Piano Concerto No. 1 in G minor, Op.25 FELIX MENDELSSOHN
(b. Hamburg, 1809 / d. Leipzig, 1847)
First performed: October 17, 1831 in Munich LAST ESO PERFORMANCE: MARCH 2001
here was no aspect of music in which MENDELSSOHN did not excel. Perhaps even more than Mozart, he showed a remarkably mature capacity as a composer from a very early age. He was one of the first conductors in the modern sense of the word, leading with a baton from a podium. He is credited with reviving interest in music of the past, particularly that of Bach. And he was an extraordinary keyboard player. “I consider Mendelssohn to be the first musician of our time, and take my hat off to him as a master,” wrote Robert Schumann. So it’s not surprising that the piano concertos Mendelssohn wrote as vehicles for his skill are demanding, intricately textured works. www.EdmontonSymphony.com
Mendelssohn also helped bring about the modern concert convention of not clapping between movements. He hated the distraction, and in most of his concertos, he does not put pauses between movements; instead, he grafts bridges between them. In his First Piano Concerto, composed when he was 21, the piano enters after a scant seven bars of orchestral introduction. The solo instrument immediately establishes the leading role in the movement, which is dominated by two main musical ideas, the second of which is a deceptively simple two-bar theme, with the piano providing sparkling accompaniment the orchestra’s verve. A brass fanfare bridges the first movement to the second, a lovely Andante with a main theme introduced by the cellos. The piano provides a delicate latticework for this theme, which remains in the lower strings until the end of the movement. Yet another fanfare ushers in the Presto finale, begun in a shower of flourishes for both piano and orchestra, and followed by an Allegro e vivace in a loose rondo form.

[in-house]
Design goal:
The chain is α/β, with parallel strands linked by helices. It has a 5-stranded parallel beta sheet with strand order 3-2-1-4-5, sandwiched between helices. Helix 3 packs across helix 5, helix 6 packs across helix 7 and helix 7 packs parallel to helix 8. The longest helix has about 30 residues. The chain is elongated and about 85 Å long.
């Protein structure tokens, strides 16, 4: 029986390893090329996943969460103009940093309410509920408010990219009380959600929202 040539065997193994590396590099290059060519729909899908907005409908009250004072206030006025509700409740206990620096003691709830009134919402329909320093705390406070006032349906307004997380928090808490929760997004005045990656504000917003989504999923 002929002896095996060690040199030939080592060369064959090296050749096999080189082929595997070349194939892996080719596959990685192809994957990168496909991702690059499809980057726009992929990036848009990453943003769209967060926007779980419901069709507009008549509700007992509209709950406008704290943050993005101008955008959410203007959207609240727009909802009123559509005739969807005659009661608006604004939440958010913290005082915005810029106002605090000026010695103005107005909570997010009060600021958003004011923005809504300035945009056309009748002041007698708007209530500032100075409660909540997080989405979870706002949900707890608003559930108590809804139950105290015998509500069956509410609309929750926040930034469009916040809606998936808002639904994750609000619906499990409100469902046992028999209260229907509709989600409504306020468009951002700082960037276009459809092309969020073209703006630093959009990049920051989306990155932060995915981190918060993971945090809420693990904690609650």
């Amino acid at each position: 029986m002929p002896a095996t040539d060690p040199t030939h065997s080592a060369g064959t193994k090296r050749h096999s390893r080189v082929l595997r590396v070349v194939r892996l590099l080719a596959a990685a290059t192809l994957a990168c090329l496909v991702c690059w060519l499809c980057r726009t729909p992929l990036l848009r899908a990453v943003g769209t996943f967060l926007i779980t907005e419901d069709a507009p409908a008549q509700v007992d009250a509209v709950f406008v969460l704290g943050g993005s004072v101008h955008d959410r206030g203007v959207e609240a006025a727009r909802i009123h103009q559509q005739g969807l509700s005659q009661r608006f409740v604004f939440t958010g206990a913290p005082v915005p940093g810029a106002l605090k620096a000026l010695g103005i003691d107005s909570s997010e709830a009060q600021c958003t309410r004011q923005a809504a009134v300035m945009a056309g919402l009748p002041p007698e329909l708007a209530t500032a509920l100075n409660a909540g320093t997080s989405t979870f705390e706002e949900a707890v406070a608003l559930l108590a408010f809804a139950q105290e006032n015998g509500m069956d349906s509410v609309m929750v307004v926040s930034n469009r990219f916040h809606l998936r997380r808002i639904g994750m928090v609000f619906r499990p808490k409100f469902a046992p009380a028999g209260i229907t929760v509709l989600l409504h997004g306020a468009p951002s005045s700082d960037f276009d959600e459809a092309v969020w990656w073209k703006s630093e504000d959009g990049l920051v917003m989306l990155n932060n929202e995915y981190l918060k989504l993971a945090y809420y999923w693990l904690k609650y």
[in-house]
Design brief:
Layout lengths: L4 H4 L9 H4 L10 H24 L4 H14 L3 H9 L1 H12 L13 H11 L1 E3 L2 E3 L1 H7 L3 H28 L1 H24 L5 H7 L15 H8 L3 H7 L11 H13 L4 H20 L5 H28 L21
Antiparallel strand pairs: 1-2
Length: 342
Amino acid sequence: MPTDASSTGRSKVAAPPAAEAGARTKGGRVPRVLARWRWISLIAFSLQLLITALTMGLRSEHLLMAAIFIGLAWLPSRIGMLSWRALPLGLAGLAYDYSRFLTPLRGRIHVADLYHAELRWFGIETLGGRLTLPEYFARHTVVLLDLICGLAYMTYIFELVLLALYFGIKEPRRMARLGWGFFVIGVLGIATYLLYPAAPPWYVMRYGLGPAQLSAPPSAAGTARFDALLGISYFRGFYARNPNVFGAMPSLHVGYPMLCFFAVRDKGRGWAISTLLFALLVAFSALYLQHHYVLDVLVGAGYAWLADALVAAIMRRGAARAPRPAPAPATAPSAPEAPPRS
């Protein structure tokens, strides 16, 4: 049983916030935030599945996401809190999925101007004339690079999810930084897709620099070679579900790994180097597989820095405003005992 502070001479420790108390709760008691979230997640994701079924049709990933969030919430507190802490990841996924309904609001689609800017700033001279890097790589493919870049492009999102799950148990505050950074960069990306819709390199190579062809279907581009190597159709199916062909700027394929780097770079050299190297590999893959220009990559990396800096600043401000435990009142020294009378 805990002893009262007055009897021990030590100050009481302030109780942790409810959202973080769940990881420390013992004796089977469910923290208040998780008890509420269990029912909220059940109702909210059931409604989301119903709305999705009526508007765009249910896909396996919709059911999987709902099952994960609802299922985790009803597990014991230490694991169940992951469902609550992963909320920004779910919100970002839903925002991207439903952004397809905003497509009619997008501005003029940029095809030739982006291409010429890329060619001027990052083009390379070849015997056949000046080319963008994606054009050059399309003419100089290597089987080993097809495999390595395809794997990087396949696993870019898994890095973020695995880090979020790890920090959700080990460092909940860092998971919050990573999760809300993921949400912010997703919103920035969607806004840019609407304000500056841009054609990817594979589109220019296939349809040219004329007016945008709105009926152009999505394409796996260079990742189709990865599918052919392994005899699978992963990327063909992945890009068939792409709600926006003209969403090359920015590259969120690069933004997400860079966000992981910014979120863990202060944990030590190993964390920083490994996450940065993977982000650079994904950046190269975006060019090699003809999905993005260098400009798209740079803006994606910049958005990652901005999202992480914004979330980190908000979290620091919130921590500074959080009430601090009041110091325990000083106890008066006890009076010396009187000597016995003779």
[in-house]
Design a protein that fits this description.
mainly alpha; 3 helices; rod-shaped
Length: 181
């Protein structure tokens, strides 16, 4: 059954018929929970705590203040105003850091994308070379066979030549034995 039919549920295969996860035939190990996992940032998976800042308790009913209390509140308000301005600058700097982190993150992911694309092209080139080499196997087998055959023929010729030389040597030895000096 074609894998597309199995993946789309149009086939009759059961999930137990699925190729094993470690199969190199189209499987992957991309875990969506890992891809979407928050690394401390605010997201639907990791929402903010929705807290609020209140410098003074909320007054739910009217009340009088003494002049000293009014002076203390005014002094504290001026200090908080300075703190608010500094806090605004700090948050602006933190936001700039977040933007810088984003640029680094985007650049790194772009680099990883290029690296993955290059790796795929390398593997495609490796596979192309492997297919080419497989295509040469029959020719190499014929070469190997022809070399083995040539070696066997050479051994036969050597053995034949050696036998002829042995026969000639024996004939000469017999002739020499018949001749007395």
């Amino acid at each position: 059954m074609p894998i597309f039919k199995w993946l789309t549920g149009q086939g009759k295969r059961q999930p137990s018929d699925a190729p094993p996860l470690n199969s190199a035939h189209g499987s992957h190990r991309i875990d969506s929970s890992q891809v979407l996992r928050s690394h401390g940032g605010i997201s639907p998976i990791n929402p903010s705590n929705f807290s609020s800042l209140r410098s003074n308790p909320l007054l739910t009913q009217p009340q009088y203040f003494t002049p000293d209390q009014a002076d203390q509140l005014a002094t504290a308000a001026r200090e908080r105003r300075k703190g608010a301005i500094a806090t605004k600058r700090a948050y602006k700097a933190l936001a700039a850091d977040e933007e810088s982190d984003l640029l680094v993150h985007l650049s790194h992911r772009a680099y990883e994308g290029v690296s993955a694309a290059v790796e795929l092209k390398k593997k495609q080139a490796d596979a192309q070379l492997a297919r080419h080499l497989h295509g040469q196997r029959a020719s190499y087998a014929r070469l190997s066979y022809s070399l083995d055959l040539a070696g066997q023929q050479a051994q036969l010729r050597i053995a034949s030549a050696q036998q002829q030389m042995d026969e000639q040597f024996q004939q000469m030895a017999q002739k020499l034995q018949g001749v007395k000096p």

Symphony in D minor CÉSAR FRANCK
(b. Liège, Belgium / d. Paris, 1890)
First performed: February 17, 1889 in Paris LAST ESO PERFORMANCE: FEBRUARY 1998
ÉSAR FRANCK was 65 years old when he composed his Symphony in D minor, and had only 20 months to live following its premiere. So unfortunately, he didn’t live long enough to see his revolutionary work gain widespread acceptance. “…majestic, plastic, and beautiful symphony,” wrote Franck devotee Vincent d’Indy – one of the lone voices of support following the work’s fi rst performances. Franck, widely regarded as a conservative among French composers of his day, crafted a work which adopted several progressive ideas that raised many reactionary eyebrows. Franck wrote his symphony in the unusual three-movement mold. “Lenten” is certainly an apt word for the achingly slow introduction, but it does contain the fundamental motivic unit of the first movement: a three-note dotted figure reminiscent of the opening phrase from Liszt’s Les Préludes, that moves down by semitone and then moves back up again by a minor third. The Allegro non troppo main section of the movement takes off with a strident, loud presentation of that same basic three-note idea and its answer. There is also an angry descending figure, and a more searching, melodic idea also feature in the movement, but Franck, almost defying traditional symphonic form, cuts off the Allegro and brings back the introduction, this time in F minor. The Allegro non troppo returns, this time to the end of the movement. The B flat minor Allegretto contains within it both the slow movement and scherzo of a conventional four-movement layout. The main theme is a gentle dance tune given to the English horn (an instrument whose inclusion in a symphonic work was strongly objected to by the Parisian critics of the day), has something of the medieval about it. The harp and pizzicato string accompaniment leads to a more contemporary presentation, chromatic in its colouring. The middle section of the movement is the Scherzo, offering a delightful, contrasting dotted melody in E flat Major.
In contrast to the gentility of the preceding movement, the finale is a tempestuous, exuberant movement, begun by the winds against the strings in octaves. The main theme is presented very quietly at first, a gently rocking theme in cellos and bassoons. Again, Franck subjects this theme to a chromatic series of transitions, and ingeniously brings back main themes from both the first two movements which, while not in strict cyclic form, does unify the work. Listen particularly for how Franck gives a whole new colour to the Allegretto theme which, upon its second iteration in the finale, is given a surprisingly strong and dramatic presentation. The main theme returns to bring the work to its affirmative, happy ending. Program notes © 2011 by D.T. Baker, except as noted
BISTRO PRAHA Gourmet Café
780 • 424 • 4218
10117 - 101 Street, Edmonton, Alberta T5J 0T4 • Established 1977 OPEN: Monday - Friday, 11 am-1 am • Saturday, noon-1 am • Sunday, 4 pm-11 pm
P B ROBBINS POPS Viva Italia!
Friday & Saturday, October 28 & 29 | 8 PM Michael Krajewski, conductor
“SOMETIMES I DREAM” (E lucevan le stelle) Puccini / Frangoulis (arr. Matthys)
MUSIC FROM THE GODFATHER
Janien Valentine, soprano George DeMott, tenor Cody Shawn Gay
BALLI IL TARANTELLA NAPOLETANA trad. (arr. Wendel)